[Editor’s note: This post is an attempt to fix a formatting error in the earlier post with the almost-same headline, which has some corruption in it I have been unable to find or fix, but which renders the text almost unreadable. My apologies. Have not yet figured out how to move comments, alas; check the old post.]
This spring’s publication of a book, The Excellent Powder, by Richard Tren and Donald Roberts, repeating most of the false claims about malaria and DDT, got me wondering. Their organization, Africa Fighting Malaria (AFM):
Does AFM do anything to fight malaria? At its own website it makes some astoundingly grandiose claims:
In its seven years of operation, AFM has helped transform malaria control by taking on and turning around failing public health institutions, donor agencies and governments.
Offhand I can’t think of any public health institution AFM has even been involved with, other than its undeserved criticism of the World Health Organization — and if anyone knows of any donor agency or government AFM has “turned around,” the history books await your telling the story.
Africa Fighting Malaria springs to life every year around World Malaria Day, April 25, with editorials claiming environmentalists have killed millions. AFM seems to be one of the sources of the bizarre and false claim that Rachel Carson is a “mass murderer.” AFM makes noise whenever there is difficulty getting a DDT spraying campaign underway in any part of Africa, for any reason, quick to lay the blame on environmentalists, even though the blame generally rests in other places. AFM is quick on the draw to try to discredit all research into DDT that suggests it poses any health threat, though so far as I can tell AFM has published no counter research, nor has it conducted any research of its own.
In its 2009 Annual Report, AFM proudly states “AFM is the only advocacy group that routinely supports IRS [Indoor Residual Spraying] and through its advocacy work defends the use of DDT for malaria control.”
Cleverly, and tellingly, they do not reveal that IRS in integrated vector (pest) management is what Rachel Carson advocated in 1962, nor do they mention that it is also supported by the much larger WHO, several nations in Africa, and the Gates Foundation, all of whom probably do more to fight malaria when they sneeze that AFM does intentionally.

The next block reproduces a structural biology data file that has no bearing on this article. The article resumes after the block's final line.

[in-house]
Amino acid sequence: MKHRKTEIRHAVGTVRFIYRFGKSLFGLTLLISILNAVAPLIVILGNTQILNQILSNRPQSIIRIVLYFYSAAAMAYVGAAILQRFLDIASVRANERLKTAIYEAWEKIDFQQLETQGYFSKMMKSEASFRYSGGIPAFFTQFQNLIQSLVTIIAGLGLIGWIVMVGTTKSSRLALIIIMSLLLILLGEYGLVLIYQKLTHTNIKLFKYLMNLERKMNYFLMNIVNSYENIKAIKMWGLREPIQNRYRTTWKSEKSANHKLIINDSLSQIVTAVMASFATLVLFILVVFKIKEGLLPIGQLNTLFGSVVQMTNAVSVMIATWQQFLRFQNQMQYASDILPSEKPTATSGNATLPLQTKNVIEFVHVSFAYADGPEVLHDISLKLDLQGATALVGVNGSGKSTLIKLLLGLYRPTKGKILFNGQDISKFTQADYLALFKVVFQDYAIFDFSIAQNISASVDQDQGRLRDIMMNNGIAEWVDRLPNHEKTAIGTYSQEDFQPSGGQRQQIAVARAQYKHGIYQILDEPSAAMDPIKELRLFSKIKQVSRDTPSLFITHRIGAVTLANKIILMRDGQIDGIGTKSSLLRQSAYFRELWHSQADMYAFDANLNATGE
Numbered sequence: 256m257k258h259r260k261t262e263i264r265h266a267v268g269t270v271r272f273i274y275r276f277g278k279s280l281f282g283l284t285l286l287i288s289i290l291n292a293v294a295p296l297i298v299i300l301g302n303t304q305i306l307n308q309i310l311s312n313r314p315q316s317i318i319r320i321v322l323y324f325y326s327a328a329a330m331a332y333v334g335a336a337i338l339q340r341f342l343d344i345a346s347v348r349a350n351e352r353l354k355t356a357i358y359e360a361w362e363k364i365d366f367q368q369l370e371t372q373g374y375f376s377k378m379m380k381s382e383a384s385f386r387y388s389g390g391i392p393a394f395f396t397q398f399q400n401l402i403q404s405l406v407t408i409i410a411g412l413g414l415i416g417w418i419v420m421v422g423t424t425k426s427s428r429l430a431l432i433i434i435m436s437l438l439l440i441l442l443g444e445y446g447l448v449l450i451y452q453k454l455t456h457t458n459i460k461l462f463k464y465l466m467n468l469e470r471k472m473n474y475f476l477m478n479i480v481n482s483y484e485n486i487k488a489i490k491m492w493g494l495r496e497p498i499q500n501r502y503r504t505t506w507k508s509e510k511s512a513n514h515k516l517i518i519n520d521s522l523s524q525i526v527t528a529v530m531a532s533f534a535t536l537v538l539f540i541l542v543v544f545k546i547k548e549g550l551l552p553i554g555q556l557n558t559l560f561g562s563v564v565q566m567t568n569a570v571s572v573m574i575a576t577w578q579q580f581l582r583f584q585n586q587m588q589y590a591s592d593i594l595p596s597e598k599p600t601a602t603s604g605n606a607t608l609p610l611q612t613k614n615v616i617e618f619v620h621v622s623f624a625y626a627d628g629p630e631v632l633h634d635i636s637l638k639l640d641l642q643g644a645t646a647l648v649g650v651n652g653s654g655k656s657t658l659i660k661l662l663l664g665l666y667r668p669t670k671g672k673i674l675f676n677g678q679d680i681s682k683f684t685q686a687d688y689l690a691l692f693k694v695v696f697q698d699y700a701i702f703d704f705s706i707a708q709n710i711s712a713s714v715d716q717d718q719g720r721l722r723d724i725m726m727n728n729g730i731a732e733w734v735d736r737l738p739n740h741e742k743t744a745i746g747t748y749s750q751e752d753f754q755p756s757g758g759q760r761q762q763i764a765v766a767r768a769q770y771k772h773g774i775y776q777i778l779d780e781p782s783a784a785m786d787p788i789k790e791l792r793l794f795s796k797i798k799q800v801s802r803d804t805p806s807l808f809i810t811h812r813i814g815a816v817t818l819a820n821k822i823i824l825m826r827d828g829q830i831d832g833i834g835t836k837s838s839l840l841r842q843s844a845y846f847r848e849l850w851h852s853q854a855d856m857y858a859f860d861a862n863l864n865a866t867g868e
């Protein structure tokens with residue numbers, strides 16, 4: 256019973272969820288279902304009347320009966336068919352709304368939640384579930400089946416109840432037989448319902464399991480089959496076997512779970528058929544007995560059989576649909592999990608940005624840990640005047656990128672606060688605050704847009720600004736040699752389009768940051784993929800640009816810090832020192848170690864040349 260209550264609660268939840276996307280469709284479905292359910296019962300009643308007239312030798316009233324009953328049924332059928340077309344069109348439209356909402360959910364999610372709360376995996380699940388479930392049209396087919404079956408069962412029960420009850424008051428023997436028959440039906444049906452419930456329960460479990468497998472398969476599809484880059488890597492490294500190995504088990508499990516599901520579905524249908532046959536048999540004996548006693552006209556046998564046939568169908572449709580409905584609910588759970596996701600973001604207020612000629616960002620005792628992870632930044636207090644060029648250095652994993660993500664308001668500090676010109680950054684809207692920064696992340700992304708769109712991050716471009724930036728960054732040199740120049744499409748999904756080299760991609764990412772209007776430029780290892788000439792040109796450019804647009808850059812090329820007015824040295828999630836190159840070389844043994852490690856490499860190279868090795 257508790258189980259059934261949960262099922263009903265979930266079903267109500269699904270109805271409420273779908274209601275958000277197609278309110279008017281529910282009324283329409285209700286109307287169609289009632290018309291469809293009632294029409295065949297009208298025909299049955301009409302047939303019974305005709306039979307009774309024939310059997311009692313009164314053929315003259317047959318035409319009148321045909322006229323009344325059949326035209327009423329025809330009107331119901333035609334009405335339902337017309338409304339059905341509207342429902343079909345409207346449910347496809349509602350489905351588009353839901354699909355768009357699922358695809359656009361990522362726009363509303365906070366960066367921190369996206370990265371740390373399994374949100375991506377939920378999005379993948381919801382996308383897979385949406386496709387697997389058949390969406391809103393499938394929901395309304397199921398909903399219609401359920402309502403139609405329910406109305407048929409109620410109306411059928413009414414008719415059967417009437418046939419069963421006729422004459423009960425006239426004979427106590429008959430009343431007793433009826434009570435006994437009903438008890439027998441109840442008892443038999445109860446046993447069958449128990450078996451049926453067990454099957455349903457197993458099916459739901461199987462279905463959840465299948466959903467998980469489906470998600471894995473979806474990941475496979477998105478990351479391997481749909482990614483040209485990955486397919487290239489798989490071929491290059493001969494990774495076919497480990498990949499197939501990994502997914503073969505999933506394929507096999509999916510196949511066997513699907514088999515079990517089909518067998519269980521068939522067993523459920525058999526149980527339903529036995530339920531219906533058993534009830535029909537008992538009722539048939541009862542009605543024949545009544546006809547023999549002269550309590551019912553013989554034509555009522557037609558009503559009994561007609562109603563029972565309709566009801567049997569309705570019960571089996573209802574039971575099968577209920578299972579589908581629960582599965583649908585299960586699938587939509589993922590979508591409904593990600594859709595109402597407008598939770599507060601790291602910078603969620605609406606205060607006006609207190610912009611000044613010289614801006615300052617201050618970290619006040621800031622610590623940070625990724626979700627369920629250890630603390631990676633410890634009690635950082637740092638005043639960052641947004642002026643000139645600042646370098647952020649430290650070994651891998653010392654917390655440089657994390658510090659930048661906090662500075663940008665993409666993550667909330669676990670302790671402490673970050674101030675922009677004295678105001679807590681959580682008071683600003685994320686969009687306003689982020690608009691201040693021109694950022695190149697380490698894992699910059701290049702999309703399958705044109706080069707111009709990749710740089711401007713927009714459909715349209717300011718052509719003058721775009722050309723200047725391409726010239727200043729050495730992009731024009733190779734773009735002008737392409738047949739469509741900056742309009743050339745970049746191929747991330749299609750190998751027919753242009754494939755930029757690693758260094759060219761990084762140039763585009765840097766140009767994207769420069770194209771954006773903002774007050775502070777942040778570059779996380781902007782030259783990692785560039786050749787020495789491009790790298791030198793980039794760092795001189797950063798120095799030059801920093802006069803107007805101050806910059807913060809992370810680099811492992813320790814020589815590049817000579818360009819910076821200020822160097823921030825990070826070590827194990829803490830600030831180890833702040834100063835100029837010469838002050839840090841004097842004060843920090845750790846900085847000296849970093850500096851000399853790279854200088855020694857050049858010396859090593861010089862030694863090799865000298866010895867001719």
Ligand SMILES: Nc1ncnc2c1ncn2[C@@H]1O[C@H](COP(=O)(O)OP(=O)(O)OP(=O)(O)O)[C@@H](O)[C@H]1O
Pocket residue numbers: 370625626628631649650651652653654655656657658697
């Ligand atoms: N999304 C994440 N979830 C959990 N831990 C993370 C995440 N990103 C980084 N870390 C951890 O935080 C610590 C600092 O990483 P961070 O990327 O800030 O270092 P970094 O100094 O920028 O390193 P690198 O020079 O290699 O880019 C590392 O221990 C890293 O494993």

Google and Bing searches turn up no projects the organization actually conducts to provide bed nets, or DDT, or anything else, to anyone working against malaria. I can’t find any place anyone other than AFM describes any activities of the group.
AFM has impressive video ads urging contributions, but the videos fail to mention that nothing in the ad is paid for by AFM, including especially the guy carrying the pesticide sprayer.
Looking at the IRS Form 990s for the organization from 2003 through 2008 (which is organized in both the U.S. and South Africa), it seems to me that the major purpose of AFM is to pay Roger Bate about $100,000 a year for part of the time, and pay Richard Tren more than $80,000 a year for the rest of the time.
Can anyone tell me, what has Africa Fighting Malaria ever done to seriously fight malaria?
One could make the argument that if you sent $10 to Nothing But Nets, you’ve saved more lives than the last $1 million invested in AFM, and more to save lives than AFM in its existence.
Update: Tim Lambert at Deltoid sent some traffic this way, which caught the attention of Eli Rabett, which reminded me that there really is more to this story about Africa Fighting Malaria, and you ought to read it at Deltoid and Rabett’s warren.
More (updated September 24, 2013):
- CORRECTION: Malaria No More and Novartis launch Power of One, a global digital fundraising campaign to help eliminate malaria deaths (appablog.wordpress.com)
- Malaria No More and Novartis launch Power of One, a global digital fundraising campaign to help eliminate malaria deaths (appablog.wordpress.com)
- End child deaths from malaria-Novartis (spyghana.com)